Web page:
March 4, 2024

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‘Energy Choice Act’ would prevent cities from banning natural gas

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Concerned about movements in places like Berkeley, California, Seattle, and — ironically — Lawrence, to either ban natural gas in new buildings or to move to “carbon-free” sources, the Kansas Senate recently passed Senate Bill 24, the “Energy Choice Act,” which would prevent local municipalities from banning the use of Natural Gas.  The bill passed by a vote of 27-10, with three senators absent,

Arizona, Tennessee, Oklahoma and Louisiana have all passed similar laws and another four states have considered similar legislation.

Lawrence has not passed such a ban — technically — but the city has passed an ordinance that calls for a move to “carbon-free” energy sources by 2035. 

The Sunflower State Journal reports that Lawrence officials have said that natural gas wouldn’t qualify as “carbon-free” because of its emissions — which are less than half of petroleum or coal — and “environmental impacts,” but would allow “landfill methane.”
The problem is that landfill methane isn’t actually methane. Where natural gas is generally between 80% and 99% methane, landfill gas is somewhere between 40% and 60% and can contain toxic chemicals such as dioxins, meaning it non only contains — pound for pound — less energy than conventional natural gas, it is also a much dirtier source of energy as the main combustion products of conventional natural gas are carbon dioxide and water vapor.

Senator Mike Thompson, who chairs the Senate Utilities Committee, spearheaded the debate and carried SB 24 on the Senate floor. 

“The freedom of energy choice is being undermined in many areas around the country, with governments seeking to limit or prohibit the use of natural gas. This poses a growing threat to the  870,000 households in Kansas who use natural gas and rely on it to heat their homes and water, cook  meals for their families, and many other uses,” Thompson said in a release. “Natural gas is the cheapest form of energy, and its continued availability is essential to those on lower and fixed incomes.  We cannot let the movement against this critical energy source gain a foothold in Kansas.”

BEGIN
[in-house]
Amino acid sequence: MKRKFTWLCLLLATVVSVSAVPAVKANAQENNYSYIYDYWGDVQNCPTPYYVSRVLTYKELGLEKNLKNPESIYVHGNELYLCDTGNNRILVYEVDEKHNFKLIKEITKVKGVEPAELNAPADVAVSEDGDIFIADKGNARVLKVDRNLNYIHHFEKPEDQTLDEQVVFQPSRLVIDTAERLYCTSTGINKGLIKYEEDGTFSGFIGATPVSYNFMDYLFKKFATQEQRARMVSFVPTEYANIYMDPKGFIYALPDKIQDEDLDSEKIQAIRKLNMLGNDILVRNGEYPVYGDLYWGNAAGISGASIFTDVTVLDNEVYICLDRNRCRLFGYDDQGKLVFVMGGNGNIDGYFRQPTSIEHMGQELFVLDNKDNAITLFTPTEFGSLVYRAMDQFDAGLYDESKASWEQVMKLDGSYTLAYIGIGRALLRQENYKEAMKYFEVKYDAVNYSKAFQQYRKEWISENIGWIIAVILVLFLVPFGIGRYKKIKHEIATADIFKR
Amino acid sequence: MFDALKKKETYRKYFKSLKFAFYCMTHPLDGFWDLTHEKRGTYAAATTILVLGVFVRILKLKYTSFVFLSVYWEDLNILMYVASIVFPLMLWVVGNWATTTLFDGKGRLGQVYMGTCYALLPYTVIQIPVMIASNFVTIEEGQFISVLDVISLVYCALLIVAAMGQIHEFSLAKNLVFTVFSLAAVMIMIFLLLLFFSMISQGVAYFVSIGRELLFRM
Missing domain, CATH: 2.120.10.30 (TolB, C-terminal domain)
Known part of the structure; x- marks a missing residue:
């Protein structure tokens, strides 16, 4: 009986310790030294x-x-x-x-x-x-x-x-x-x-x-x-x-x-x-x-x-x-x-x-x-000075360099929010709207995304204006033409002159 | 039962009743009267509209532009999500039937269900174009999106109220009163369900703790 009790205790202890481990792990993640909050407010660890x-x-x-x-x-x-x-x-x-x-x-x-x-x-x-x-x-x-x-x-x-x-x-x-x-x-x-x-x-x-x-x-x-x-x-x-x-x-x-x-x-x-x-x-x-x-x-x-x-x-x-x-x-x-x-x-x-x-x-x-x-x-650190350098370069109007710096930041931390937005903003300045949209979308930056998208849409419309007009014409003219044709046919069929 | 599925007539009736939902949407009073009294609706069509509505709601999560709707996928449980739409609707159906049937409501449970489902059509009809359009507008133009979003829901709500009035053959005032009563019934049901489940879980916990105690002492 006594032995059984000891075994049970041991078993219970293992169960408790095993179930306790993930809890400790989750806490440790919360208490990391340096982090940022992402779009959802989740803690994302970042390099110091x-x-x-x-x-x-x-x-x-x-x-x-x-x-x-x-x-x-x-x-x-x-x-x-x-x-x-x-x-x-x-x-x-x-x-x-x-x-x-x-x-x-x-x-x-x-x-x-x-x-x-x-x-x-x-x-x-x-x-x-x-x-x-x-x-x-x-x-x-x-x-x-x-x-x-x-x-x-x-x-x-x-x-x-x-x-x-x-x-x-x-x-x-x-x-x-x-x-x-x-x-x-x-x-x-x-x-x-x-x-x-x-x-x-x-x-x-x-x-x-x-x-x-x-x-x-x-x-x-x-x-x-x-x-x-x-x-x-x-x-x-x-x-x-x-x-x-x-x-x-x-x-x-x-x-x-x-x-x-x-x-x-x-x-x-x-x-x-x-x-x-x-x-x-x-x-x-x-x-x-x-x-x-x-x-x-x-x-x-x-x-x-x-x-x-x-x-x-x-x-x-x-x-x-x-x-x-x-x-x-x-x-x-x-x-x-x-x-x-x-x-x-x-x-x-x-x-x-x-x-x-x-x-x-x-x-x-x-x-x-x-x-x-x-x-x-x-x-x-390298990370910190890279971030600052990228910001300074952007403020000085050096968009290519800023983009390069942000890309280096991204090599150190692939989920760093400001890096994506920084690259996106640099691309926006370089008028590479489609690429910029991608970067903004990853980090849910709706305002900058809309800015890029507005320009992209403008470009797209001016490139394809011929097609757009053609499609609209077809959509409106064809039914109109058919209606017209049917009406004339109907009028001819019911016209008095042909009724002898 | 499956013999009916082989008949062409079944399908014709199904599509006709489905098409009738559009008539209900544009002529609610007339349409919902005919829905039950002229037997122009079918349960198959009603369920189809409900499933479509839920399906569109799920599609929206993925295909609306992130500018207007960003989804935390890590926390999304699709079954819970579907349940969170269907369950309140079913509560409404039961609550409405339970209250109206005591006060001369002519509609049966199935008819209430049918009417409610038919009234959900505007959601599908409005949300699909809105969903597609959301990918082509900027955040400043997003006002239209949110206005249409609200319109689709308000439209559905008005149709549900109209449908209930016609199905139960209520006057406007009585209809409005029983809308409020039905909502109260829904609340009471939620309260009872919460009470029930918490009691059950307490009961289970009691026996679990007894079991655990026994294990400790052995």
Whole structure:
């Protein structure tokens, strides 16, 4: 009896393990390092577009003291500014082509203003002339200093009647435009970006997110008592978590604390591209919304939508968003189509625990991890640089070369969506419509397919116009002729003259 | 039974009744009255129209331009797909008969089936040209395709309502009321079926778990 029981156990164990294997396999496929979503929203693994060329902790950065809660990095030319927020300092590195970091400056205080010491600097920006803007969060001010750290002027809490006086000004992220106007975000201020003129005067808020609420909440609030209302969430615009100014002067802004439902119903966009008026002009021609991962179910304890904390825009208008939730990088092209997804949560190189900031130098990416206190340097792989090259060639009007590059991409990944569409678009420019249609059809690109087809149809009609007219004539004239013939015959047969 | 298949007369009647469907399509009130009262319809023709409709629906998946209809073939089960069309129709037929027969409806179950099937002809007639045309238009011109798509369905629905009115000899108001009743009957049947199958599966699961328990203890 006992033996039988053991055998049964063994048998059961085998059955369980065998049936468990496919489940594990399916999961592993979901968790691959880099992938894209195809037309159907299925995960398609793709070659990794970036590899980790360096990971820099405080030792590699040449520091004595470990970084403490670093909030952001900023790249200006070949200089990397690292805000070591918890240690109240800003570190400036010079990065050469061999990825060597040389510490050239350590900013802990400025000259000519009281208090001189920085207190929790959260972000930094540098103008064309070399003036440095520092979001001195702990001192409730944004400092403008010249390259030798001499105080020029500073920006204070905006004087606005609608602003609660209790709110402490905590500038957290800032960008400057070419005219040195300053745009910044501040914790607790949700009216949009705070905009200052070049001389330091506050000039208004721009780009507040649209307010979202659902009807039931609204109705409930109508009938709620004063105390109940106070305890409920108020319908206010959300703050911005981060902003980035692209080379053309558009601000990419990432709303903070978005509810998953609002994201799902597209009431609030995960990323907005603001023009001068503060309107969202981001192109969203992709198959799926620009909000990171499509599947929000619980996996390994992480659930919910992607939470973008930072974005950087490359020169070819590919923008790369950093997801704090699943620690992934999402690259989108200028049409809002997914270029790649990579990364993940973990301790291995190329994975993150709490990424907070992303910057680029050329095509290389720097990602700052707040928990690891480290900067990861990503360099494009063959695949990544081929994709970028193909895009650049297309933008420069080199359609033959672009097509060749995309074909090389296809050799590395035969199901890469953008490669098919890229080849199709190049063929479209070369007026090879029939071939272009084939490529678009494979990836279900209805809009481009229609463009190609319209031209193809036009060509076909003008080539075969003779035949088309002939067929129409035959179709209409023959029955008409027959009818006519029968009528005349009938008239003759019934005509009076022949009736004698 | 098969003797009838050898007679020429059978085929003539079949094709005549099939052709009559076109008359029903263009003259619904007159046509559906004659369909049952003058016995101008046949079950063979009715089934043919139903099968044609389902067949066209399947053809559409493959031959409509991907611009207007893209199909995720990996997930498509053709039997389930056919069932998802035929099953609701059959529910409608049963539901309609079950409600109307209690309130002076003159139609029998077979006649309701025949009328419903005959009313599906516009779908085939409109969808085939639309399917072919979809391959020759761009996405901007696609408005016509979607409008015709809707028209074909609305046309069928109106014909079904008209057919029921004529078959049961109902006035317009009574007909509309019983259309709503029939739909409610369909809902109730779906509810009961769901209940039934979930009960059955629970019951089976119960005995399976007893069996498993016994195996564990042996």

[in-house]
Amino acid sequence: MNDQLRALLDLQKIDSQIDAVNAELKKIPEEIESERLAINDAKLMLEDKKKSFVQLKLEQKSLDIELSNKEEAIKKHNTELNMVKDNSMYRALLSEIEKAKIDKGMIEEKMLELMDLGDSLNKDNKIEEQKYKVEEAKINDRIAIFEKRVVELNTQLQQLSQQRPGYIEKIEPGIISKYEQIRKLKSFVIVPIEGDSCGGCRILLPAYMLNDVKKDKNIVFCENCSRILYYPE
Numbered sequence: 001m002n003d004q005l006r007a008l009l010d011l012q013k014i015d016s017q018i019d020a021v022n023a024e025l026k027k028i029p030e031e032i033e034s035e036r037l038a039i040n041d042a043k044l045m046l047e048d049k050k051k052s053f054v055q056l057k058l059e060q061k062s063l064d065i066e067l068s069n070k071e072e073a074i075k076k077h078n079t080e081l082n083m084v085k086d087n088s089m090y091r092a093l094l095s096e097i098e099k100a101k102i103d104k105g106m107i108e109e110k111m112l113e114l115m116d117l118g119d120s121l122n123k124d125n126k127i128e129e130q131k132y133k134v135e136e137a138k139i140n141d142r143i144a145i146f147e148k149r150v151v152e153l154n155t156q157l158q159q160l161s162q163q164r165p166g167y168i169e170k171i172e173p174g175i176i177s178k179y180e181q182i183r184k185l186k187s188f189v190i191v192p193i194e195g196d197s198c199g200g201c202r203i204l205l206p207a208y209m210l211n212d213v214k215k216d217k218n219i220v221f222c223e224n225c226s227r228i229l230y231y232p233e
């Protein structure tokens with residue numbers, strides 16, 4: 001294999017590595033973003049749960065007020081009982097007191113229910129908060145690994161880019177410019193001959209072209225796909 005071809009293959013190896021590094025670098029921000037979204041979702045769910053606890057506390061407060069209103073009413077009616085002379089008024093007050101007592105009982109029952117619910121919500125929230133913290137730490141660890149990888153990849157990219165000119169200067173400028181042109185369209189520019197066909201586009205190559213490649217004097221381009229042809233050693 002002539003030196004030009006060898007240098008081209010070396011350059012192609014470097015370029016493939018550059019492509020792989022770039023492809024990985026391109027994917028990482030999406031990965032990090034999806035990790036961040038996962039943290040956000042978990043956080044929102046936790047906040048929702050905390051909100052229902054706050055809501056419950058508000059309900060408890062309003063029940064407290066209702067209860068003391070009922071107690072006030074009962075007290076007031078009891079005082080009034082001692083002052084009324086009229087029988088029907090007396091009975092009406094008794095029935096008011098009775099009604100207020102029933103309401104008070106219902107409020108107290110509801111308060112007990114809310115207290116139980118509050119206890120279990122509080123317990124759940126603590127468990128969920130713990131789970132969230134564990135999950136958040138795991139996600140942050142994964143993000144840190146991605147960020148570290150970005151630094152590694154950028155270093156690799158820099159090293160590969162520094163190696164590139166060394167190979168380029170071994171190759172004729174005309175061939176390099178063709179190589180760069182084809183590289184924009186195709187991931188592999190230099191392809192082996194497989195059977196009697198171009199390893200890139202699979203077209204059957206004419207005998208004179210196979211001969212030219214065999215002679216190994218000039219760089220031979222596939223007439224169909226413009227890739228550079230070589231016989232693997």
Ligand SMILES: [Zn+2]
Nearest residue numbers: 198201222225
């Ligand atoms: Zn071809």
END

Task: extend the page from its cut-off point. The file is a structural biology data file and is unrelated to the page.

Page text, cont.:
In a joint press release, Republican Senators Ty Masterson, Gene Sullentrop, and Rick Wilborn noted that the Energy Choice Act would primarily benefit lower income residents and those on fixed incomes.

“With the economic climate uncertain at best, the people of Kansas deserve certainty regarding  their daily expenses,” the release said.

At a hearing on the bill, Black Hills Energy General Manager Jerry Watkins said elimination of gas as a choice for heating and cooking would result in a dramatic increase in costs for homeowners.

“The average household would see their energy costs increase by 50% if natural gas was eliminated,” Watkins said. “This does not include costs associated with upgrading of appliances, upgrading the electrical panels and wiring or appliance replacement.”

The bill only applies to regulations from municipalities, and would not prevent individuals from making the choice to go all electric within their own homes, nor would it prevent cities and counties from doing so in municipally-owned buildings. 

Thompson said in the hearing that creating a “patchwork” of energy regulations within the state could create chaos.

“I think it’s important that we not restrict the ability to use an energy source in the state of Kansas,” Thompson said. “We don’t want to circumvent home rule, but in this case it’s incumbent upon the state to make a uniform rule. If you start down that path, you’re going to run businesses out of some communities toward other communities where natural gas is available.”

The Energy Choice Act is set for a hearing in the Kansas House of Representatives at 9 a.m. March 16.

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